0.5 ml of a conventional 5 mg/ml CPP solution and 0.5 ml of a 10 mM aqueous calcium chloride solution were mixed, and 1.0 ml of a 20 mM phosphate buffer solution, to prepare a 1.25 mg/ml CPP solution. The pH was adjusted to a value of 7 or 8, was added, then the whole mixture was maintained at 25.degree. C. for 6 hours. At the end of the period, calcium phosphate precipitate was eliminated by centrifugation, then 0.1N hydrochloric acid was added to the supernatant to prevent further formation of precipitate. The calcium concentration in the supernatant was measured by atomic absorption analysis to determine the remaining solubilized calcium. A similar test was conducted as a control, but using distilled water in place of CPP solution. The results are shown in Table 2.
Calcium-solubilizing power is 100% when all calcium from the calcium chloride solution remains in solution; calcium-solubilizing power of 0% means all the calcium precipitates.
TABLE 2 ______________________________________ Sample pH 7.0 pH 8.0 CPP Solution 105% 96% Control .ltoreq.10% .ltoreq.10% ______________________________________
It is evident from the above results that CPP produced in vitro exhibits a good calcium-solubilizing activity.
1 ml of a 50 mg/ml conventional CPP solution obtained by Example 2 was mixed with 9 ml of an artificial gastric or enteric juice (according to Japanese Pharmacopoeia, 7th revised edition), then the mixture was maintained at 40.degree. C. for hours or 6 hours, respectively. After the treatment, pepsin and pancreatin in the juices were deactivated with boiling water. After centrifugation of the mixture, CPP remaining in the supernatant was measured by high pressure liquid chromatography to determine the remaining rate. The calcium-solubilizing activity was also measured by using 0.5 ml of CPP remaining in the supernatant in a procedure similar to that in Example 5 at a pH value of 8. The results are shown in Table 3.
TABLE 3 ______________________________________ Remaining Sample Remaining cpp solubilized calcium ______________________________________ non-treated cpp 100% 101% cpp treated with 65% 99% artificial gastric juice cpp treated with 60% 98% artificial enteric juice artificial gastric juice -- .ltoreq.10% artificial enteric juice -- .ltoreq.10% control (distilled -- .ltoreq.10% water) ______________________________________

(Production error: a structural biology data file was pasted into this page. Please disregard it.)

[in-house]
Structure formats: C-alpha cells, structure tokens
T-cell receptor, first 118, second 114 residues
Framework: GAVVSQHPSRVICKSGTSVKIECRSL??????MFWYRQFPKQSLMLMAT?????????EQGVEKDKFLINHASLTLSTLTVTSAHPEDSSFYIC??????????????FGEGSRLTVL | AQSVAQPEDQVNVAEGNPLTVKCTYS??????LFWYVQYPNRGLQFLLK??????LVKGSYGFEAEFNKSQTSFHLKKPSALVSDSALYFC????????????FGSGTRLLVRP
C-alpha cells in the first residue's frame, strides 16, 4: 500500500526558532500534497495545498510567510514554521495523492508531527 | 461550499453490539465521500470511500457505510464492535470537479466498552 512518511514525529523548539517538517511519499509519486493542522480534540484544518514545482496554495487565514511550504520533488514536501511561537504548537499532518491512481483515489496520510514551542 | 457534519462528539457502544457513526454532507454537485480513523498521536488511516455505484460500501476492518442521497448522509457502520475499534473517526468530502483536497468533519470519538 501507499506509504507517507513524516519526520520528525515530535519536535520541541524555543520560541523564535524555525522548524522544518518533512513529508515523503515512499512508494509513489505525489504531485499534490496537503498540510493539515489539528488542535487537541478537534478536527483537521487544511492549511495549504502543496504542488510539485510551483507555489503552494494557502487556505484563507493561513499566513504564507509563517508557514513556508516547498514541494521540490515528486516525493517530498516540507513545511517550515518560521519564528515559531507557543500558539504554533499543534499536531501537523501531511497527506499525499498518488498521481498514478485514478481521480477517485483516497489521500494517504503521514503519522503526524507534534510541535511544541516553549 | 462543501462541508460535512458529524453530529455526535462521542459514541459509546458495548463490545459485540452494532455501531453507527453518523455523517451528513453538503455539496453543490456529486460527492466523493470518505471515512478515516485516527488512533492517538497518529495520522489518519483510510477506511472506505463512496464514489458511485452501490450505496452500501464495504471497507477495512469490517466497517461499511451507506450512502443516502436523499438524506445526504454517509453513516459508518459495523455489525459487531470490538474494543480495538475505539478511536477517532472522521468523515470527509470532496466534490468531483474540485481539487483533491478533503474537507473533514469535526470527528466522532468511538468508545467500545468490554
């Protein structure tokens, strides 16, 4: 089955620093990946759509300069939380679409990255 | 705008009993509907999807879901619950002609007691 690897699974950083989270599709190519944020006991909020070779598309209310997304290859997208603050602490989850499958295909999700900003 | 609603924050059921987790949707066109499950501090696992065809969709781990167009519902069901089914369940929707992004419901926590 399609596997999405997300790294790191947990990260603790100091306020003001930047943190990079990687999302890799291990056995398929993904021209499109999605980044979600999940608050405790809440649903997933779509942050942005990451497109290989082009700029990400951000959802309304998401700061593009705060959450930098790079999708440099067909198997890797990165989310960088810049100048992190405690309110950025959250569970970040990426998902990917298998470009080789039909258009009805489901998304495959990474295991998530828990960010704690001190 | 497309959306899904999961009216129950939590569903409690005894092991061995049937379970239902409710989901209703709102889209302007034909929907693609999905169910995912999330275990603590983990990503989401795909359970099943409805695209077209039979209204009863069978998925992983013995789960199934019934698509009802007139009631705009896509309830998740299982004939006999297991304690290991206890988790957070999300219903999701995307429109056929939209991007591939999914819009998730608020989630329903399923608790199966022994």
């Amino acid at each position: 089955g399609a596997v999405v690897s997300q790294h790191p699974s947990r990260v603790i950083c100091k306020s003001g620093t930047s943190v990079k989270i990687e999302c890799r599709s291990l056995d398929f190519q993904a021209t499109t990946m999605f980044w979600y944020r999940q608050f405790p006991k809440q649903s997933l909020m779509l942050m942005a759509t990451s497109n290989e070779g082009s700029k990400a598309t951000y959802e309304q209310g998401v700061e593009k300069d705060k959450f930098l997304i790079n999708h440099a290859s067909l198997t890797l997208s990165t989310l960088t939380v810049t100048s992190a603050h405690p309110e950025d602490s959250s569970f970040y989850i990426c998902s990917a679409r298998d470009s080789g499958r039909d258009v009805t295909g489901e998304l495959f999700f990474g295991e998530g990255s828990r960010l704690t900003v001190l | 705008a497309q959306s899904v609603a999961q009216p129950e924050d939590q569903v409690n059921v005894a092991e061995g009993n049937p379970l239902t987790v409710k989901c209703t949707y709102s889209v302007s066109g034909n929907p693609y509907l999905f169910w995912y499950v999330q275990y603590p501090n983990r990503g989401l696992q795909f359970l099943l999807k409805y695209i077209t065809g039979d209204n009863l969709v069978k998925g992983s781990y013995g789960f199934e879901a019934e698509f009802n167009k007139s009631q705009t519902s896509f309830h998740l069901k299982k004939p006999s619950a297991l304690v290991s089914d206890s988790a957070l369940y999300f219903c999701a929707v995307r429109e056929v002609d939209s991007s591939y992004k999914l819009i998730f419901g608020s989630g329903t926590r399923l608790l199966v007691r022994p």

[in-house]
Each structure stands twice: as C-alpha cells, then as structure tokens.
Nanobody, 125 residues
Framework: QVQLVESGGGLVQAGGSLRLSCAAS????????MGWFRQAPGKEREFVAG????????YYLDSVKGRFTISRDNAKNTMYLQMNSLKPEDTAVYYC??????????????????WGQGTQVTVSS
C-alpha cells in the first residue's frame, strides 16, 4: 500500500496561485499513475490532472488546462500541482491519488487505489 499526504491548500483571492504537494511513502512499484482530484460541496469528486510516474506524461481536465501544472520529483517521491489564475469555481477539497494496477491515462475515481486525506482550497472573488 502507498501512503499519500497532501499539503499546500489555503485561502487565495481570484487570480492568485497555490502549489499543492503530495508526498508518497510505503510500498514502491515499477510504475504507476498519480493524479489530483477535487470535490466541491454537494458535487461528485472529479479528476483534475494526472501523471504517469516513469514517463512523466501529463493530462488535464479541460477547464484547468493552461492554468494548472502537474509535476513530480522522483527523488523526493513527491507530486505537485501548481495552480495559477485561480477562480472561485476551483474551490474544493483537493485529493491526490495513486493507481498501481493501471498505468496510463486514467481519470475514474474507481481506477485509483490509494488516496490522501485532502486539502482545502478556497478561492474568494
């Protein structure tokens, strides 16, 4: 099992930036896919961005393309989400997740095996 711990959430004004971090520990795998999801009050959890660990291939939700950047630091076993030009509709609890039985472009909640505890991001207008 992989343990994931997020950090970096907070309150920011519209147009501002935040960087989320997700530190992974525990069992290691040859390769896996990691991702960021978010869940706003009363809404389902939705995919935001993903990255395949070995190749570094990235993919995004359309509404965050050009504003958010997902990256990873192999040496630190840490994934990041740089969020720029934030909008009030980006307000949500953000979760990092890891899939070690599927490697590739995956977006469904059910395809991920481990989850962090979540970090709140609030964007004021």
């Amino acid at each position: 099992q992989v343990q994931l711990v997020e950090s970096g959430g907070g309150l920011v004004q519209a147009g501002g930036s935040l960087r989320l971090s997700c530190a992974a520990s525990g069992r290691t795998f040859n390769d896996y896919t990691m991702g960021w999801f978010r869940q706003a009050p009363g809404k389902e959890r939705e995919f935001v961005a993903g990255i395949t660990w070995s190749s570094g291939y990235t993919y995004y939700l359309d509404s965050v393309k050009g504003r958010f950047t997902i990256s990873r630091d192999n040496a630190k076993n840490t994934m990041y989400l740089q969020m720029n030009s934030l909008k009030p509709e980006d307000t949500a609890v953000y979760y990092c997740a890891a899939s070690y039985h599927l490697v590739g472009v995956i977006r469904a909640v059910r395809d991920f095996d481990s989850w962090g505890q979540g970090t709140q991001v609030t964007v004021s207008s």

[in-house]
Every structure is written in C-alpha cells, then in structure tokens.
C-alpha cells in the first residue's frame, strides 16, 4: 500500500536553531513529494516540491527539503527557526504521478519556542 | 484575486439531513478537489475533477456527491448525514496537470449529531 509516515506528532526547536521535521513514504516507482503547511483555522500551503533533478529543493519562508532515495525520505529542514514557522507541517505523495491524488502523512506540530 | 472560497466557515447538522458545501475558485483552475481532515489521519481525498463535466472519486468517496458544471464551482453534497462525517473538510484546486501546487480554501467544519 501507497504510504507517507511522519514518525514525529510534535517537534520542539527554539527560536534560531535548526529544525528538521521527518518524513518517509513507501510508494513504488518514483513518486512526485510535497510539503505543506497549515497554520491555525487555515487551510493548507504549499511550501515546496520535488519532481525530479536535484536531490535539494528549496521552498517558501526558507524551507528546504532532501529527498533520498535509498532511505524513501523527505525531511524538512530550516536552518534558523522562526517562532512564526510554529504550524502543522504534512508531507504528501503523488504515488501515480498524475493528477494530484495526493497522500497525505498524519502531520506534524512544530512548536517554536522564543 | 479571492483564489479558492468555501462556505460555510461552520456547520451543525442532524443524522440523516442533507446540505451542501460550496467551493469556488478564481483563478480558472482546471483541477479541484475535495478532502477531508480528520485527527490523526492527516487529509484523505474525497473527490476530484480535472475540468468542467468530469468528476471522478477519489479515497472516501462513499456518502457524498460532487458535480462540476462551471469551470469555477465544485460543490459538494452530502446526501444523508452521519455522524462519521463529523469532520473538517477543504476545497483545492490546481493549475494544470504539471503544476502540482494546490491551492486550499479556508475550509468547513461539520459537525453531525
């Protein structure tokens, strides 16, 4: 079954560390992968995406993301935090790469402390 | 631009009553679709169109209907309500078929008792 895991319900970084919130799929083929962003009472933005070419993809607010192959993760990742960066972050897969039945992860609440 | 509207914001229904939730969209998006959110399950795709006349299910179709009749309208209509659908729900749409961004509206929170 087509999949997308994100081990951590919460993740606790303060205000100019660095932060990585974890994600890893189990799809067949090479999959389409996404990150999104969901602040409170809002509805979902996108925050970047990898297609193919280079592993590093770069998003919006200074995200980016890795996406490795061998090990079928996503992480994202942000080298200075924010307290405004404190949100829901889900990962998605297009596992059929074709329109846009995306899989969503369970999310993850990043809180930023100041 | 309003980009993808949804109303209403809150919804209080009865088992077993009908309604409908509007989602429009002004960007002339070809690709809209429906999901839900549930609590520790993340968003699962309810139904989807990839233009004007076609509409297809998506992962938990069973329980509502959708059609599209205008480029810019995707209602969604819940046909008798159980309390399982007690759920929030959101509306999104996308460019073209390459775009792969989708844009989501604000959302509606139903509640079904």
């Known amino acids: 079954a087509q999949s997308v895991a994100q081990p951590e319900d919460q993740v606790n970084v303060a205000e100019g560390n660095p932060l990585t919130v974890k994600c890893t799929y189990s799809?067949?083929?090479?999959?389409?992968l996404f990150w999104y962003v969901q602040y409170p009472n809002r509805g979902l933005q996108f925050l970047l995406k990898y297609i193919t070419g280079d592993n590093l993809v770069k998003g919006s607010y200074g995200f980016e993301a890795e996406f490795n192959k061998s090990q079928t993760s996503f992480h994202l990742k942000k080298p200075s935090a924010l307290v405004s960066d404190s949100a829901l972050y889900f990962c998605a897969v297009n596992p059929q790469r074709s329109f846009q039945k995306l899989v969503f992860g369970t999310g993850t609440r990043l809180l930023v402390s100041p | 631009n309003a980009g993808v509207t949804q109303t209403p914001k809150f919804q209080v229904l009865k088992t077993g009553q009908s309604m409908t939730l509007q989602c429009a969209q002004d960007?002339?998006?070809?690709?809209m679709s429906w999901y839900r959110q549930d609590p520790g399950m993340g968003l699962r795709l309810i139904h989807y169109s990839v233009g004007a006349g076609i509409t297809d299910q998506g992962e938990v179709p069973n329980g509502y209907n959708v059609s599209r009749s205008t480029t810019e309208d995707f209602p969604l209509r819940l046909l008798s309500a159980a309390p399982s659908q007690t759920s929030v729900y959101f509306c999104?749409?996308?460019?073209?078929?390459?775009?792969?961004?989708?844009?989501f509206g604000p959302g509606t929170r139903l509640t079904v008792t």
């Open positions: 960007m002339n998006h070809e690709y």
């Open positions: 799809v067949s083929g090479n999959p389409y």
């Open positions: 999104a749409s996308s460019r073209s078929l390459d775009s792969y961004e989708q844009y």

A method to produce acid-soluble CPP in a two-step acid treatment according to the present invention is explained below.
1.7 liter of city water was added to 300 g of acid casein (water content: 11.7%) manufactured in New Zealand, followed by mixing and dissolving. Then 40% caustic soda solution was added thereby adjusting the pH to 7.0. Crystallized pig trypsin (manufactured by Novo Co., Ltd.) of an amount of 0.01% based on the amount of the substrate was added to the solution, followed by enzyme reaction at pH 6.0-7.0 and 60 degrees C. for one hour. Immediately thereafter, the pH was adjusted to 4.5 with 35% hydrochloric acid. The precipitate formed was separated using a centrifugal separator to yield a supernatant and a precipitate. 35% hydrochloric acid was added again to the supernatant thereby adjusting the pH to 3.0. After permitting to stand for 16 hours at room temperature, the solution was centrifuged to obtain a supernatant and a precipitate. 40% alkali solution was added to the supernatant thereby adjusting the pH to 6.0. To the resulting solution was added calcium chloride of an amount of 0.7% based on the amount of the solution and ethanol in an amount corresponding to a final concentration of 50% (v/v). After stirring, the solution was permitted to stand for 16 hours at room temperature followed by recovery of an acid-soluble CPP fraction using a centrifugal separator. The precipitate was then washed with 50% ethanol and separated. Washing was conducted a total of three times followed by drying to yield 30 g of purified acid-soluble CPP.